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filtfilt() - Signal Processing

```y = filtfilt(b,a,x)  performs zero-phase digital filtering by processing the
input data, x, in both the forward and reverse
directions . filtfilt operates
along the first nonsingleton dimension of x. The
vector b provides the numerator coefficients of
the filter and the vector a provides the denominator
coefficients. If you use an all-pole filter, enter 1 for b.
If you use an all-zero filter (FIR), enter 1 for a.
After filtering the data in the forward direction, filtfilt reverses
the filtered sequence and runs it back through the filter. The result
has the following characteristics: Zero-phase distortionA filter transfer function, which equals the squared
magnitude of the original filter transfer functionA filter order that is double the order of the filter
specified by b and afiltfilt minimizes start-up and
ending transients by matching initial conditions, and you can use
it for both real and complex inputs. Do not use filtfilt with
differentiator and Hilbert FIR filters, because the operation of these
filters depends heavily on their phase response.Note:

The length of the input x must be more than
three times the filter order, defined as max(length(b)-1,length(a)-1). y = filtfilt(SOS,G,x) zero-phase filters
the data, x, using the second-order section (biquad)
filter represented by the matrix SOS and scale
values G. SOS is an L-by-6
matrix containing the L second-order sections. SOS must
be of the form(b01b11b21a01a11a21b02b12b22a02a12a22⋮⋮⋮⋮⋮⋮b0Lb1Lb2La0La1La2L)where each row are the coefficients of a biquad
filter. The vector of filter scale values, G, must
have a length between 1 and L + 1.Note:

When implementing zero-phase filtering using a second-order
section filter, the length of the input, x, must
be more than three times the filter order. You can use filtord to obtain the order of the filter.y = filtfilt(d,x) zero-phase filters the
input data, x, using a digital filter, d.
Use designfilt to generate d based
on frequency-response specifications.```

Syntax

`y = filtfilt(b,a,x)y = filtfilt(SOS,G,x)y = filtfilt(d,x)`

Example

```Zero-Phase Filtering of an Electrocardiogram WaveformOpen This Example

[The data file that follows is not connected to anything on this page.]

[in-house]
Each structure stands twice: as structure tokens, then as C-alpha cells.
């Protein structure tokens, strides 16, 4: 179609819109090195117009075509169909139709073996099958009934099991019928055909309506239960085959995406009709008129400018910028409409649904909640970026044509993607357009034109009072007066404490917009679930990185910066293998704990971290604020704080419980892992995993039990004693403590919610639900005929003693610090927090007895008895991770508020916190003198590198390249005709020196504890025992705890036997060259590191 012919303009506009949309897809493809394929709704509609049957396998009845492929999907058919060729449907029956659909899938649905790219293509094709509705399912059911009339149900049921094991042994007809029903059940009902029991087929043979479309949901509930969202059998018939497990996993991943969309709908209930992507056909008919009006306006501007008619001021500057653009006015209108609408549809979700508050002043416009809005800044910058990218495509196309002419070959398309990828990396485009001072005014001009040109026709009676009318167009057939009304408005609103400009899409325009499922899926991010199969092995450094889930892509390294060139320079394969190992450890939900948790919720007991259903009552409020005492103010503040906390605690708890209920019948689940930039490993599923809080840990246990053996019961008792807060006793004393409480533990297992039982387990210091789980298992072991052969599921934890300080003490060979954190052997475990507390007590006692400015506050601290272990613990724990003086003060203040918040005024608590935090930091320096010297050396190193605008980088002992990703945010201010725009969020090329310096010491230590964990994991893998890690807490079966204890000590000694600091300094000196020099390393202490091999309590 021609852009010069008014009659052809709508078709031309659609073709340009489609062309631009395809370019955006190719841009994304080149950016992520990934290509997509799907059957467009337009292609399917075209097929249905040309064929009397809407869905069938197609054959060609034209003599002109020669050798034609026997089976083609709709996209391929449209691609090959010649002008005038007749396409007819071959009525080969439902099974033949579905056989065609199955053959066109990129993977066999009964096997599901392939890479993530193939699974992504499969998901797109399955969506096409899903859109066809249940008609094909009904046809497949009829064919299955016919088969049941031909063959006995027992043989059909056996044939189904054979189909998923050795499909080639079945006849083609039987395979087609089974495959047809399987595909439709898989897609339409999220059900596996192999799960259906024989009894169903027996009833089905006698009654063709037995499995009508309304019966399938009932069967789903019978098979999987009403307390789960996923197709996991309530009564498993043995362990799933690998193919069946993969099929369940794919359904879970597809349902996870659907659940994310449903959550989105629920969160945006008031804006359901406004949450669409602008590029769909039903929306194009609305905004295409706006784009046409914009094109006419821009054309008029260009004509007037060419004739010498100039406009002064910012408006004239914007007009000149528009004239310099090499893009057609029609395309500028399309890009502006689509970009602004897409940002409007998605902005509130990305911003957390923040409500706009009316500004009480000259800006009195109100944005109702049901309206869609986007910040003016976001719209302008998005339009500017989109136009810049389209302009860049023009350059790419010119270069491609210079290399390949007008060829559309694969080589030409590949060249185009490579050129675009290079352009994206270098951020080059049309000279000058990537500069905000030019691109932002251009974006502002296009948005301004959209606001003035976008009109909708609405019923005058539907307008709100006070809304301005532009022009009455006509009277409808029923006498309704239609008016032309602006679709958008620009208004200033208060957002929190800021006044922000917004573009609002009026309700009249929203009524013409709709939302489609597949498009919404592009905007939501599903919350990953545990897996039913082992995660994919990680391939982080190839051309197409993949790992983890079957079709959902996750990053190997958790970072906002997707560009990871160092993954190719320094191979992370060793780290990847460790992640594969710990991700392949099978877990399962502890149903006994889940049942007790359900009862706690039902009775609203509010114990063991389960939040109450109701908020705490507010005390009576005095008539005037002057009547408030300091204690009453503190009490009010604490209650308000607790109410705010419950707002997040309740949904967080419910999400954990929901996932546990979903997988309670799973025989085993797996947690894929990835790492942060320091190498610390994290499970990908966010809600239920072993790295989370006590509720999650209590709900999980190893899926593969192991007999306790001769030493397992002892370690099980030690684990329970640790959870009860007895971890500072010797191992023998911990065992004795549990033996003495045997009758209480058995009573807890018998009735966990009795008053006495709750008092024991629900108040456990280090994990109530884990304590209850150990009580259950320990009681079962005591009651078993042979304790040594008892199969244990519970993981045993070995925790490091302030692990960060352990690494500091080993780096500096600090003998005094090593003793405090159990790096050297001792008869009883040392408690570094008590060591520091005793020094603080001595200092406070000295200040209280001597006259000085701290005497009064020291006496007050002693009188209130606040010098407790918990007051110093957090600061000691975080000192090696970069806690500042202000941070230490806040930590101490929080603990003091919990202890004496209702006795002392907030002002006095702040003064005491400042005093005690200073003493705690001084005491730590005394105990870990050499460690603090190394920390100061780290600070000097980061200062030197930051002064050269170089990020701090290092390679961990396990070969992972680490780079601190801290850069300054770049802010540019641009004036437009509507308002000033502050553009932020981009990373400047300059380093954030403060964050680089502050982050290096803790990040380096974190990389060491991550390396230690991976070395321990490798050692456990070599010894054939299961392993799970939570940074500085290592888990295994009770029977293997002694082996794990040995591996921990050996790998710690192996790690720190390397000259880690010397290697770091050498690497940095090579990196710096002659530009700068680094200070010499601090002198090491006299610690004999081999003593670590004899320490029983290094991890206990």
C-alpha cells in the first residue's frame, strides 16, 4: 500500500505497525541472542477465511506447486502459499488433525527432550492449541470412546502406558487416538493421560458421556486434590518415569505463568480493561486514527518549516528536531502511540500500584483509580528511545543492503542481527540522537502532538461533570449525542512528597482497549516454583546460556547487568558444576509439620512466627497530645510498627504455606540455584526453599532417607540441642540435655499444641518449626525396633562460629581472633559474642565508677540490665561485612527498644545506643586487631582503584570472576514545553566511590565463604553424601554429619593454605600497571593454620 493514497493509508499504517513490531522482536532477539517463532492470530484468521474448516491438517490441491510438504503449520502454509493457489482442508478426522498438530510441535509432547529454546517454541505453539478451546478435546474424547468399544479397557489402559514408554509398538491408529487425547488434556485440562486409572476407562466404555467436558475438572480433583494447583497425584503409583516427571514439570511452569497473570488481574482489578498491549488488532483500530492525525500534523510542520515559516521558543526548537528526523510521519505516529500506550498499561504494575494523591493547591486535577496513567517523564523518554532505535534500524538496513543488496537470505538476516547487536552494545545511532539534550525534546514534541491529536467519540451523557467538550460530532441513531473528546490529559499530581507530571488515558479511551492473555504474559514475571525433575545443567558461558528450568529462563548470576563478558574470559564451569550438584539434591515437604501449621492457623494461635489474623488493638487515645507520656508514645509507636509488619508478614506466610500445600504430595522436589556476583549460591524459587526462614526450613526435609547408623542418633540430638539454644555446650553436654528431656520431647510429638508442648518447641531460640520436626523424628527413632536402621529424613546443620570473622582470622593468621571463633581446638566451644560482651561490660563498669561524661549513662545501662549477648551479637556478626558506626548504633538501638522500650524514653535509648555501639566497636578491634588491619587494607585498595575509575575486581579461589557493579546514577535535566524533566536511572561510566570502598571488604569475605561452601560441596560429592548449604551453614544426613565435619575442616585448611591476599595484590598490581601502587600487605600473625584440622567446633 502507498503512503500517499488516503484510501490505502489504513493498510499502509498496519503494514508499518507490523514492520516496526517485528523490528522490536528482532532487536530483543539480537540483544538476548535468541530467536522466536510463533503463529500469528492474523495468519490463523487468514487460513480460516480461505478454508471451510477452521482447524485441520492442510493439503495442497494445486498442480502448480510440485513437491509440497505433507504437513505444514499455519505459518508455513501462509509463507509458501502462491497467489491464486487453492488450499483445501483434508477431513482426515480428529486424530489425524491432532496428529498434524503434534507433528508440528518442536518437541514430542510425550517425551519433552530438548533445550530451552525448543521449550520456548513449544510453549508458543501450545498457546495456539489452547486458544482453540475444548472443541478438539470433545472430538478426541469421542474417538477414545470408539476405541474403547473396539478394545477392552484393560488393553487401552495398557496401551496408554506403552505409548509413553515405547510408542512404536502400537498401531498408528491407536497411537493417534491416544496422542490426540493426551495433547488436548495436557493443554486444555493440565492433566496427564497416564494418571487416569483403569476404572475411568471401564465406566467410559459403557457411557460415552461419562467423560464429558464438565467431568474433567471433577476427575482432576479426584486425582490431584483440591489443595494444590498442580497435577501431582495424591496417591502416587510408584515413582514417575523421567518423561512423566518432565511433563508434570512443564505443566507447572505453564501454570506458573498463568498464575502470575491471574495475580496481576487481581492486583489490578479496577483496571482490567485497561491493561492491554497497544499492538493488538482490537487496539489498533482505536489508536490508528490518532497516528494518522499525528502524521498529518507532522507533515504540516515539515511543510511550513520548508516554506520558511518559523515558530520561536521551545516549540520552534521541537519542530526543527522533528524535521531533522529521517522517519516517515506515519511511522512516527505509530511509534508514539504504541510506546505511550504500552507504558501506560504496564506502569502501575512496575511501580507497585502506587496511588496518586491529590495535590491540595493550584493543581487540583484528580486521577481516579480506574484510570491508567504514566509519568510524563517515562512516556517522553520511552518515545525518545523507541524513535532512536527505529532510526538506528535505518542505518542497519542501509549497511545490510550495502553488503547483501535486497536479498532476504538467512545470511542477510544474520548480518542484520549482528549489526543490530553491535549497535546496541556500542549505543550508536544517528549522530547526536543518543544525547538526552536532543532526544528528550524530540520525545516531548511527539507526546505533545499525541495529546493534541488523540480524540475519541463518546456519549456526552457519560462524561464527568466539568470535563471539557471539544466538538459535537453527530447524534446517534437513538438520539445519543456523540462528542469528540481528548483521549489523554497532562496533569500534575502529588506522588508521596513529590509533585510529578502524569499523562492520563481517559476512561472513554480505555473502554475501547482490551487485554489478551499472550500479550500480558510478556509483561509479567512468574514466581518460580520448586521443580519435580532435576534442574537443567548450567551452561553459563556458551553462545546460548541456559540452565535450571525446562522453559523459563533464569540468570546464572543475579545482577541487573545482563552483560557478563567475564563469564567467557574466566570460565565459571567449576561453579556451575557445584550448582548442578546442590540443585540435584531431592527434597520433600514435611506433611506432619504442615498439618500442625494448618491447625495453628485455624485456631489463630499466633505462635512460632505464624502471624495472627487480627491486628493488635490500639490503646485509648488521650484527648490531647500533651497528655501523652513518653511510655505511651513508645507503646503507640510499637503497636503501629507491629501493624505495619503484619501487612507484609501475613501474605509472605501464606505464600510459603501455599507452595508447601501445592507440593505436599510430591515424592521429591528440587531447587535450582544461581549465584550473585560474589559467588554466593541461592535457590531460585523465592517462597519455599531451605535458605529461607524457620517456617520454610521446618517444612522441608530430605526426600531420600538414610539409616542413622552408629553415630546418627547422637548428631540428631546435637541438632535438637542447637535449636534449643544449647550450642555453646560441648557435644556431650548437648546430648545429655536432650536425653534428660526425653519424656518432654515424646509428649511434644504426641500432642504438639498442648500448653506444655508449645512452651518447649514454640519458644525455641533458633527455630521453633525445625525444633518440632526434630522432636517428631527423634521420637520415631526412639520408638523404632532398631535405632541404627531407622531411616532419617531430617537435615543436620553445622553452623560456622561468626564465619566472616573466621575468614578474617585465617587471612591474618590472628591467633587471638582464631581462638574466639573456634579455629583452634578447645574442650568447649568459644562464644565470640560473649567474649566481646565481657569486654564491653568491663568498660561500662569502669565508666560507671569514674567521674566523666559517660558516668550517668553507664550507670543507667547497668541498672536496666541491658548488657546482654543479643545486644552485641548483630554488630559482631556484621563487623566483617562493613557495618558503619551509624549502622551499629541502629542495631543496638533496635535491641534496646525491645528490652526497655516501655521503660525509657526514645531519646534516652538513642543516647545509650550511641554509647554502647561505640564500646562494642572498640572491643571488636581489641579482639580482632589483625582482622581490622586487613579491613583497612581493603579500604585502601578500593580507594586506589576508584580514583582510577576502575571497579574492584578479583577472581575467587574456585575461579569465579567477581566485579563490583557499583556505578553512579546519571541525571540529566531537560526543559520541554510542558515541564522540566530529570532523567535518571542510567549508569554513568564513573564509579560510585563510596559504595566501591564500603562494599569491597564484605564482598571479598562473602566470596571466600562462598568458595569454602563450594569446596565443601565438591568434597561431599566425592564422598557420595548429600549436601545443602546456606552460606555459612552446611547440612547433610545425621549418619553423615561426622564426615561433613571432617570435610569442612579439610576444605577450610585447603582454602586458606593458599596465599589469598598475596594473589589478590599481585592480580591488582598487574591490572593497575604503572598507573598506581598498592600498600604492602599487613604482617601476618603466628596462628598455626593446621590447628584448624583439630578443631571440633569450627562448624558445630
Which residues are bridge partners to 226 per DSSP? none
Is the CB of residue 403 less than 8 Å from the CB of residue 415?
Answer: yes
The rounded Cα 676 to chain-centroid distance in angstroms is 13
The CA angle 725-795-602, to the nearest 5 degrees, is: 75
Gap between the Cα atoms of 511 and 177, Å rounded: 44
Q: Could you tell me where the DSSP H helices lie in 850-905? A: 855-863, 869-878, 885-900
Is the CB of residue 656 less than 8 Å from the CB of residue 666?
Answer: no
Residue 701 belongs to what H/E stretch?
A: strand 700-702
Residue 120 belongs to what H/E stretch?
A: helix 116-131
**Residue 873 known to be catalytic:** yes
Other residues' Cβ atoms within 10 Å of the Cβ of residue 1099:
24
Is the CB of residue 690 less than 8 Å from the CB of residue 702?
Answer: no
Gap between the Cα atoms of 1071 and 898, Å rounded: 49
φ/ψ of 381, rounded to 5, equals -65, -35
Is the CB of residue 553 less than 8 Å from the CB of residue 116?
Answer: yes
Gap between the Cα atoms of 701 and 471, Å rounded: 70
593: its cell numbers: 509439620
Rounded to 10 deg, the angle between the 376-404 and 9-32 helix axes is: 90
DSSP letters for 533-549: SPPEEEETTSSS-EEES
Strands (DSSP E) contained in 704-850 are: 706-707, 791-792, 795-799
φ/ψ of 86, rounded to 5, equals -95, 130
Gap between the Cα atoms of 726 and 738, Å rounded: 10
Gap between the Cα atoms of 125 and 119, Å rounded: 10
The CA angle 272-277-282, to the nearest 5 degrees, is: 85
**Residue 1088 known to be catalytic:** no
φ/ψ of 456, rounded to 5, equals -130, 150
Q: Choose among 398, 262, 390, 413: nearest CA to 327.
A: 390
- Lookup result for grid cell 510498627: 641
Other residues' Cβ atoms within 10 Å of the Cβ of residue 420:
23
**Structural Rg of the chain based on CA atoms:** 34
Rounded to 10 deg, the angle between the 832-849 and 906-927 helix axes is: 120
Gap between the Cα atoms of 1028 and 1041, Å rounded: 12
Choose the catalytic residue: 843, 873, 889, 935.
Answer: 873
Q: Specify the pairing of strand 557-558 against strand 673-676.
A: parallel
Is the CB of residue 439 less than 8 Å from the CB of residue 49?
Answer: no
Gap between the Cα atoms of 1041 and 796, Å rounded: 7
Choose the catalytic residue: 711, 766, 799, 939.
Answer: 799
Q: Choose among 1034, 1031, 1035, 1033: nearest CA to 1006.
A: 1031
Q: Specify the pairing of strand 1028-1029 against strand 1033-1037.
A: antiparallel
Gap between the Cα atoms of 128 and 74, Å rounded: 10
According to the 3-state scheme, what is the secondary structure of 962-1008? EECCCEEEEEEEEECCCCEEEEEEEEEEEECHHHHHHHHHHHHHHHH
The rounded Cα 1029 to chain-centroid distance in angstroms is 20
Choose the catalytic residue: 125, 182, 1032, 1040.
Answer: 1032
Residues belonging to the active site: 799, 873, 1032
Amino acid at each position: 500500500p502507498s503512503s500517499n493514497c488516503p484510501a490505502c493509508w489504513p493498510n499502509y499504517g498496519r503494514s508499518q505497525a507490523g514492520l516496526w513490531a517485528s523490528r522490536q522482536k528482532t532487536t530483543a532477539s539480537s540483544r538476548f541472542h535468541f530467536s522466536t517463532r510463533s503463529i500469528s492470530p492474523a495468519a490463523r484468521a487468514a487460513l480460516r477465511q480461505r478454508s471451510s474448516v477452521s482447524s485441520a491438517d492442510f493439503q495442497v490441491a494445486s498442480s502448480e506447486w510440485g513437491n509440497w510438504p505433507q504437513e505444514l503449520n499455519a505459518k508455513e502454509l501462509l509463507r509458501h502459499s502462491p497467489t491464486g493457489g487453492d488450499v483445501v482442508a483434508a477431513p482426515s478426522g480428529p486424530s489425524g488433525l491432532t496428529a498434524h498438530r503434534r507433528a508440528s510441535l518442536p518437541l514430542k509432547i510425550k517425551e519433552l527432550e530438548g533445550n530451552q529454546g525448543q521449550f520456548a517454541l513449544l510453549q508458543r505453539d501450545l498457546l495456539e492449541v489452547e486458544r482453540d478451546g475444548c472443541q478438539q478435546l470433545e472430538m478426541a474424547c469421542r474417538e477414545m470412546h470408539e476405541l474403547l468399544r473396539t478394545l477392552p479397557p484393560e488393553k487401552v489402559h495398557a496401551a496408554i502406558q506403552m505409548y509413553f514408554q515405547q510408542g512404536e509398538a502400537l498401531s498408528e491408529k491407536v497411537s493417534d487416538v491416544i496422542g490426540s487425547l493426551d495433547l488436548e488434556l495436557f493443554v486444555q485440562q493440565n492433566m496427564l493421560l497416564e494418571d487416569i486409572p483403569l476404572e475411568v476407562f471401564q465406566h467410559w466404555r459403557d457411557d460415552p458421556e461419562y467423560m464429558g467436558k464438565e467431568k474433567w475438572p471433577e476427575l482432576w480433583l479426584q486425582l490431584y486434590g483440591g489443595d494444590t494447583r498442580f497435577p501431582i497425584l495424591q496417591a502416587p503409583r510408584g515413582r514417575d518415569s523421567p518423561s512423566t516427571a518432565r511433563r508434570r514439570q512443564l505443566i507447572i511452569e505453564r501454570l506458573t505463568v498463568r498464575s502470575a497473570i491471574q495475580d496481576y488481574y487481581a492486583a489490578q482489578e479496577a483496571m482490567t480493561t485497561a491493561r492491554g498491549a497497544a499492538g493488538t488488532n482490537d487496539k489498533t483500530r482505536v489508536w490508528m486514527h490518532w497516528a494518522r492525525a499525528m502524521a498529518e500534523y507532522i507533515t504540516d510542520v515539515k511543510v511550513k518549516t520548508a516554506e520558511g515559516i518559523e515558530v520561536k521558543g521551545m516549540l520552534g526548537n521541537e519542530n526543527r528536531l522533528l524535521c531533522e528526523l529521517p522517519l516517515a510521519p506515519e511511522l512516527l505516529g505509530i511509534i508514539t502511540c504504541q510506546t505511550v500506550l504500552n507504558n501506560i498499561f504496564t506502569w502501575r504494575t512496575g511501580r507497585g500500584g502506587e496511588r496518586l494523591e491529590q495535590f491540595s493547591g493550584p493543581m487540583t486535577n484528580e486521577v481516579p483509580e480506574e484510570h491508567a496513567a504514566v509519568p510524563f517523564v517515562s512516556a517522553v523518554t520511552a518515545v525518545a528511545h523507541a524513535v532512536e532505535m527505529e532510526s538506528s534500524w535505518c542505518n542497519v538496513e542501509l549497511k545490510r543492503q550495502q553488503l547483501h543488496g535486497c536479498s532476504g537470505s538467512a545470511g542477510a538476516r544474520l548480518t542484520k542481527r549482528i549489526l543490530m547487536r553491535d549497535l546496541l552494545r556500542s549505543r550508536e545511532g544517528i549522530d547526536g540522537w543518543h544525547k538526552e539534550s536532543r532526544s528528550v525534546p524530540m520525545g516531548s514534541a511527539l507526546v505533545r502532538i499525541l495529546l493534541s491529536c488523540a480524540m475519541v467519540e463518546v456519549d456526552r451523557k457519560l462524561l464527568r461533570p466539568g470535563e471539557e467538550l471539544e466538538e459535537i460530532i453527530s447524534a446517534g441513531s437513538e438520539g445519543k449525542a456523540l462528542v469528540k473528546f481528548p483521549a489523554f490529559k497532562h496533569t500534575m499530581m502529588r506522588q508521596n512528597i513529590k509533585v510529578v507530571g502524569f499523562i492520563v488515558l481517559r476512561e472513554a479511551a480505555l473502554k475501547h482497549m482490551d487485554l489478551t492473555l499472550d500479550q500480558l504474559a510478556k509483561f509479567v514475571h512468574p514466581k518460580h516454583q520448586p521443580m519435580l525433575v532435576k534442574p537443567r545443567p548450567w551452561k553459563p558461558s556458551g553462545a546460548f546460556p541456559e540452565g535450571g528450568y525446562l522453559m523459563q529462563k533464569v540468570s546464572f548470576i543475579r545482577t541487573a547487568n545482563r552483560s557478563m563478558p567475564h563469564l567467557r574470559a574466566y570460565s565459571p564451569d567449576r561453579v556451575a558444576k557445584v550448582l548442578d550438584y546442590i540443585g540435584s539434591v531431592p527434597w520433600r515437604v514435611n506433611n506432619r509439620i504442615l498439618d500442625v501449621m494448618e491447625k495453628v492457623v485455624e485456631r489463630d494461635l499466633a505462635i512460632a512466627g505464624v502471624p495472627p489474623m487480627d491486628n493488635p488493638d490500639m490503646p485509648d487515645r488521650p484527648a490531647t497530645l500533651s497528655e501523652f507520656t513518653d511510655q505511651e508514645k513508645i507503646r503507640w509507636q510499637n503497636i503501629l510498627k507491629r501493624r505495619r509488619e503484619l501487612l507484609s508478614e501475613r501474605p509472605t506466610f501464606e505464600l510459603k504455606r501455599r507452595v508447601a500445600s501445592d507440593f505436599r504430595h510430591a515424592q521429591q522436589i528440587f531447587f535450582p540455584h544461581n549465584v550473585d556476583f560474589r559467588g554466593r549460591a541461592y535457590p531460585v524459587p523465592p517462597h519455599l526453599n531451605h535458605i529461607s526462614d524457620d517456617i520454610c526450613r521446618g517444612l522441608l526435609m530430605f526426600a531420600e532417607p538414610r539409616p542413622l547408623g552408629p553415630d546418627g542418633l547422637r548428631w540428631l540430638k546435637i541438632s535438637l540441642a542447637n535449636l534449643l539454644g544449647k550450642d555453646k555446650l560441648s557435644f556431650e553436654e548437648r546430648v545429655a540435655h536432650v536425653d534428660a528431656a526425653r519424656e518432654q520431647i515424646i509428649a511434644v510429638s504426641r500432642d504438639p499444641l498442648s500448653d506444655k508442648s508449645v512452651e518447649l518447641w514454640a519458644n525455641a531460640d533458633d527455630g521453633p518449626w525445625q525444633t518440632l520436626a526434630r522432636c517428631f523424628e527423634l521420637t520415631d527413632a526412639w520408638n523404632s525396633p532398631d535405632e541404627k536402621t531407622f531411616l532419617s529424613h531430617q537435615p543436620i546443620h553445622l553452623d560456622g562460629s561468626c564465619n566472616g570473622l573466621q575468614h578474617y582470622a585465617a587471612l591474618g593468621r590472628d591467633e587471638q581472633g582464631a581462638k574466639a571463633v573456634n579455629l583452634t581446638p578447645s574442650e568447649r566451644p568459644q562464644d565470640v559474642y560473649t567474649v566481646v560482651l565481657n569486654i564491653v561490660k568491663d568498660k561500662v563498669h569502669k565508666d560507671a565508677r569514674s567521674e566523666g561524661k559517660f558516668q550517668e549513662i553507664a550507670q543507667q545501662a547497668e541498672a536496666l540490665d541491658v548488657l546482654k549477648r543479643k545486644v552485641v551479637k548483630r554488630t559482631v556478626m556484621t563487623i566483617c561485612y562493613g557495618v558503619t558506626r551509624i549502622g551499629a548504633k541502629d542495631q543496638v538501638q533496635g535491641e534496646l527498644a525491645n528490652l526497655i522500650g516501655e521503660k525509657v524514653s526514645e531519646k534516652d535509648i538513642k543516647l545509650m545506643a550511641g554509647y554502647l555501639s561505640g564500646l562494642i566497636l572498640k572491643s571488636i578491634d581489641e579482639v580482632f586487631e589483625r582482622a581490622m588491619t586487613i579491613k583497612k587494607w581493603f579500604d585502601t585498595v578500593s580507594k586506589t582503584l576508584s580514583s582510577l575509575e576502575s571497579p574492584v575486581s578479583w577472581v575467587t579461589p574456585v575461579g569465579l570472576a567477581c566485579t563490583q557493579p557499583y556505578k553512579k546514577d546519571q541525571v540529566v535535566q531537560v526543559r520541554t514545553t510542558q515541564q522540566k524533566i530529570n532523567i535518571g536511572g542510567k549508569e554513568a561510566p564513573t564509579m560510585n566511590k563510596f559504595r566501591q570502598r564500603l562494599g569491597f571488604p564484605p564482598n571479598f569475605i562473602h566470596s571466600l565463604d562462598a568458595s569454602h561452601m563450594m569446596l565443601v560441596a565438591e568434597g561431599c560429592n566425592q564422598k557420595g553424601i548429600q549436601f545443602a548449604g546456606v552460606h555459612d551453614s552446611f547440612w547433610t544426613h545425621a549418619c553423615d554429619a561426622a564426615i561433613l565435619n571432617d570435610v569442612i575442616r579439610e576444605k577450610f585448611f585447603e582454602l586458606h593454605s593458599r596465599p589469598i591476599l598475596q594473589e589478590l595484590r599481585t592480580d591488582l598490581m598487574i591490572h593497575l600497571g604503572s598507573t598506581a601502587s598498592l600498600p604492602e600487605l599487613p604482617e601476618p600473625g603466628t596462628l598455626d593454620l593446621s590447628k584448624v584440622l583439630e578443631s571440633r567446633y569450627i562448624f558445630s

Zero-phase filtering helps preserve features in a filtered time waveform exactly where they occur in the unfiltered signal.
To illustrate the use of filtfilt for zero-phase filtering, consider an electrocardiogram waveform.wform = ecg(500);

plot(wform)
axis([0 500 -1.25 1.25])
text(155,-0.4,'Q')
text(180,1.1,'R')
text(205,-1,'S')

The QRS complex is an important feature in the ECG. Here it begins around time point 160.Corrupt the ECG with additive noise. Reset the random number generator for reproducible results. Construct a lowpass FIR equiripple filter and filter the noisy waveform using both zero-phase and conventional filtering.rng default

x = wform' + 0.25*randn(500,1);
d = designfilt('lowpassfir', ...
'PassbandFrequency',0.15,'StopbandFrequency',0.2, ...
'PassbandRipple',1,'StopbandAttenuation',60, ...
'DesignMethod','equiripple');
y = filtfilt(d,x);
y1 = filter(d,x);

subplot(2,1,1)
plot([y y1])
title('Filtered Waveforms')
legend('Zero-phase Filtering','Conventional Filtering')

subplot(2,1,2)
plot(wform)
title('Original Waveform')

Zero-phase filtering reduces noise in the signal and preserves the QRS complex at the same time it occurs in the original. Conventional filtering reduces noise in the signal, but delays the QRS complex.Repeat the above using a Butterworth second-order section filter.d1 = designfilt('lowpassiir','FilterOrder',12, ...
'HalfPowerFrequency',0.15,'DesignMethod','butter');
y = filtfilt(d1,x);

subplot(1,1,1)
plot(x)
hold on
plot(y,'LineWidth',3)
legend('Noisy ECG','Zero-Phase Filtering')```